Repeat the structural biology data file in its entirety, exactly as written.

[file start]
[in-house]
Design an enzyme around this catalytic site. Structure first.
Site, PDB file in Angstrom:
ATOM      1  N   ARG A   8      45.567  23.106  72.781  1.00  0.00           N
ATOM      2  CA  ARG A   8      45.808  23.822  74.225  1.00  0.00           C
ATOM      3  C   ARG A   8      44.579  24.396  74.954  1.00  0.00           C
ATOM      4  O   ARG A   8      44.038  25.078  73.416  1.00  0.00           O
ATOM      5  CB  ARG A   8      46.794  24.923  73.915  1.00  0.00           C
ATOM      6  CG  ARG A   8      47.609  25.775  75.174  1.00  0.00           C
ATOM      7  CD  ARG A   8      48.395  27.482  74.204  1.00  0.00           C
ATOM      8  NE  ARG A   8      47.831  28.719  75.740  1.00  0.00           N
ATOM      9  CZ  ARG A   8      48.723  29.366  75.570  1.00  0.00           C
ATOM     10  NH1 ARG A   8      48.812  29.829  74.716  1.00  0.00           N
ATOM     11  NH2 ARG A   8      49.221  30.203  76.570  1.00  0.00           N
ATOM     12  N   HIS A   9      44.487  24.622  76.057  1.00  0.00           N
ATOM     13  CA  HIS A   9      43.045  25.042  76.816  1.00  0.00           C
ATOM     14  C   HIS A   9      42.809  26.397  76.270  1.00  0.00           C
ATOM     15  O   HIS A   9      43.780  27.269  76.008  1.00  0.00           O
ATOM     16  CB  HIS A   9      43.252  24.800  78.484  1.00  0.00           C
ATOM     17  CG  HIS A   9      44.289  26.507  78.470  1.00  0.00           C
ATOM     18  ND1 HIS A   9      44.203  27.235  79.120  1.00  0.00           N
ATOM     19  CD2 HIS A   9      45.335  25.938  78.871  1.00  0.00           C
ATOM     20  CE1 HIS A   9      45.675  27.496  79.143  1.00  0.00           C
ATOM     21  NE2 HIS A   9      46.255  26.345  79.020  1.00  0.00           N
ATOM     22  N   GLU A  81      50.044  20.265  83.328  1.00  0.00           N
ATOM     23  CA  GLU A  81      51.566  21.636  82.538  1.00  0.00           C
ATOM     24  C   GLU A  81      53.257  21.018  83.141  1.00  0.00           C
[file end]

[in-house]
Design an enzyme around this catalytic site. Structure first.
Site, PDB file in Angstrom:
ATOM      1  N   ARG A   8      45.567  23.106  72.781  1.00  0.00           N
ATOM      2  CA  ARG A   8      45.808  23.822  74.225  1.00  0.00           C
ATOM      3  C   ARG A   8      44.579  24.396  74.954  1.00  0.00           C
ATOM      4  O   ARG A   8      44.038  25.078  73.416  1.00  0.00           O
ATOM      5  CB  ARG A   8      46.794  24.923  73.915  1.00  0.00           C
ATOM      6  CG  ARG A   8      47.609  25.775  75.174  1.00  0.00           C
ATOM      7  CD  ARG A   8      48.395  27.482  74.204  1.00  0.00           C
ATOM      8  NE  ARG A   8      47.831  28.719  75.740  1.00  0.00           N
ATOM      9  CZ  ARG A   8      48.723  29.366  75.570  1.00  0.00           C
ATOM     10  NH1 ARG A   8      48.812  29.829  74.716  1.00  0.00           N
ATOM     11  NH2 ARG A   8      49.221  30.203  76.570  1.00  0.00           N
ATOM     12  N   HIS A   9      44.487  24.622  76.057  1.00  0.00           N
ATOM     13  CA  HIS A   9      43.045  25.042  76.816  1.00  0.00           C
ATOM     14  C   HIS A   9      42.809  26.397  76.270  1.00  0.00           C
ATOM     15  O   HIS A   9      43.780  27.269  76.008  1.00  0.00           O
ATOM     16  CB  HIS A   9      43.252  24.800  78.484  1.00  0.00           C
ATOM     17  CG  HIS A   9      44.289  26.507  78.470  1.00  0.00           C
ATOM     18  ND1 HIS A   9      44.203  27.235  79.120  1.00  0.00           N
ATOM     19  CD2 HIS A   9      45.335  25.938  78.871  1.00  0.00           C
ATOM     20  CE1 HIS A   9      45.675  27.496  79.143  1.00  0.00           C
ATOM     21  NE2 HIS A   9      46.255  26.345  79.020  1.00  0.00           N
ATOM     22  N   GLU A  81      50.044  20.265  83.328  1.00  0.00           N
ATOM     23  CA  GLU A  81      51.566  21.636  82.538  1.00  0.00           C
ATOM     24  C   GLU A  81      53.257  21.018  83.141  1.00  0.00           C